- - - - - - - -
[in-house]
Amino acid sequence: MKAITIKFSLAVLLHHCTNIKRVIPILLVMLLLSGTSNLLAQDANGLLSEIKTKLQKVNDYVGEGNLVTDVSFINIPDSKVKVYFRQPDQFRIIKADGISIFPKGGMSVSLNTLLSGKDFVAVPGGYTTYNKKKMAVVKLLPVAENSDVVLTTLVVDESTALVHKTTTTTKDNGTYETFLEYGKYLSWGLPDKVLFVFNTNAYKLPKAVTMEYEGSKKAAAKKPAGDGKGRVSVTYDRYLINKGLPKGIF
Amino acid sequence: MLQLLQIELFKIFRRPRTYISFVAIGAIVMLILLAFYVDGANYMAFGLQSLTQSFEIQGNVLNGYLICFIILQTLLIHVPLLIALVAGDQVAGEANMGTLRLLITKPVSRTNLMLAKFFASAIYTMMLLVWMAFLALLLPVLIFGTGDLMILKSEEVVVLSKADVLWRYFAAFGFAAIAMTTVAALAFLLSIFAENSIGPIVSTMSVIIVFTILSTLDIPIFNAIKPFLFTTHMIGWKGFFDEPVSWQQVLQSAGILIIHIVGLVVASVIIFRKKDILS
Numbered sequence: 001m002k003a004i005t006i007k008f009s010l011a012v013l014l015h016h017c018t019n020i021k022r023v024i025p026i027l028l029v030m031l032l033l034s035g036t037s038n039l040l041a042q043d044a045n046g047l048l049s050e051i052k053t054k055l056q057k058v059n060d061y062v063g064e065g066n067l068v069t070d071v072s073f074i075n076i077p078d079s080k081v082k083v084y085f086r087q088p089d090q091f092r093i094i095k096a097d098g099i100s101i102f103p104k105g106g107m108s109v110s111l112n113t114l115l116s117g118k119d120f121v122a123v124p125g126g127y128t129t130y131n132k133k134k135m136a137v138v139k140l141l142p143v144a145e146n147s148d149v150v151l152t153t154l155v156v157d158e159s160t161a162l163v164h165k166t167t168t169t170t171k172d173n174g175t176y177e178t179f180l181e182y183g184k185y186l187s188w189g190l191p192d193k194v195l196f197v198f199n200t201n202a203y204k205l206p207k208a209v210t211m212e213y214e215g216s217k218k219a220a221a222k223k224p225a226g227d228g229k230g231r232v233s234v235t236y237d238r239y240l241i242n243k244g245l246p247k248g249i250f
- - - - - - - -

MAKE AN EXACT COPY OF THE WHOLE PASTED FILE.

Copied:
[in-house]
Amino acid sequence: MKAITIKFSLAVLLHHCTNIKRVIPILLVMLLLSGTSNLLAQDANGLLSEIKTKLQKVNDYVGEGNLVTDVSFINIPDSKVKVYFRQPDQFRIIKADGISIFPKGGMSVSLNTLLSGKDFVAVPGGYTTYNKKKMAVVKLLPVAENSDVVLTTLVVDESTALVHKTTTTTKDNGTYETFLEYGKYLSWGLPDKVLFVFNTNAYKLPKAVTMEYEGSKKAAAKKPAGDGKGRVSVTYDRYLINKGLPKGIF
Amino acid sequence: MLQLLQIELFKIFRRPRTYISFVAIGAIVMLILLAFYVDGANYMAFGLQSLTQSFEIQGNVLNGYLICFIILQTLLIHVPLLIALVAGDQVAGEANMGTLRLLITKPVSRTNLMLAKFFASAIYTMMLLVWMAFLALLLPVLIFGTGDLMILKSEEVVVLSKADVLWRYFAAFGFAAIAMTTVAALAFLLSIFAENSIGPIVSTMSVIIVFTILSTLDIPIFNAIKPFLFTTHMIGWKGFFDEPVSWQQVLQSAGILIIHIVGLVVASVIIFRKKDILS
Numbered sequence: 001m002k003a004i005t006i007k008f009s010l011a012v013l014l015h016h017c018t019n020i021k022r023v024i025p026i027l028l029v030m031l032l033l034s035g036t037s038n039l040l041a042q043d044a045n046g047l048l049s050e051i052k053t054k055l056q057k058v059n060d061y062v063g064e065g066n067l068v069t070d071v072s073f074i075n076i077p078d079s080k081v082k083v084y085f086r087q088p089d090q091f092r093i094i095k096a097d098g099i100s101i102f103p104k105g106g107m108s109v110s111l112n113t114l115l116s117g118k119d120f121v122a123v124p125g126g127y128t129t130y131n132k133k134k135m136a137v138v139k140l141l142p143v144a145e146n147s148d149v150v151l152t153t154l155v156v157d158e159s160t161a162l163v164h165k166t167t168t169t170t171k172d173n174g175t176y177e178t179f180l181e182y183g184k185y186l187s188w189g190l191p192d193k194v195l196f197v198f199n200t201n202a203y204k205l206p207k208a209v210t211m212e213y214e215g216s217k218k219a220a221a222k223k224p225a226g227d228g229k230g231r232v233s234v235t236y237d238r239y240l241i242n243k244g245l246p247k248g249i250f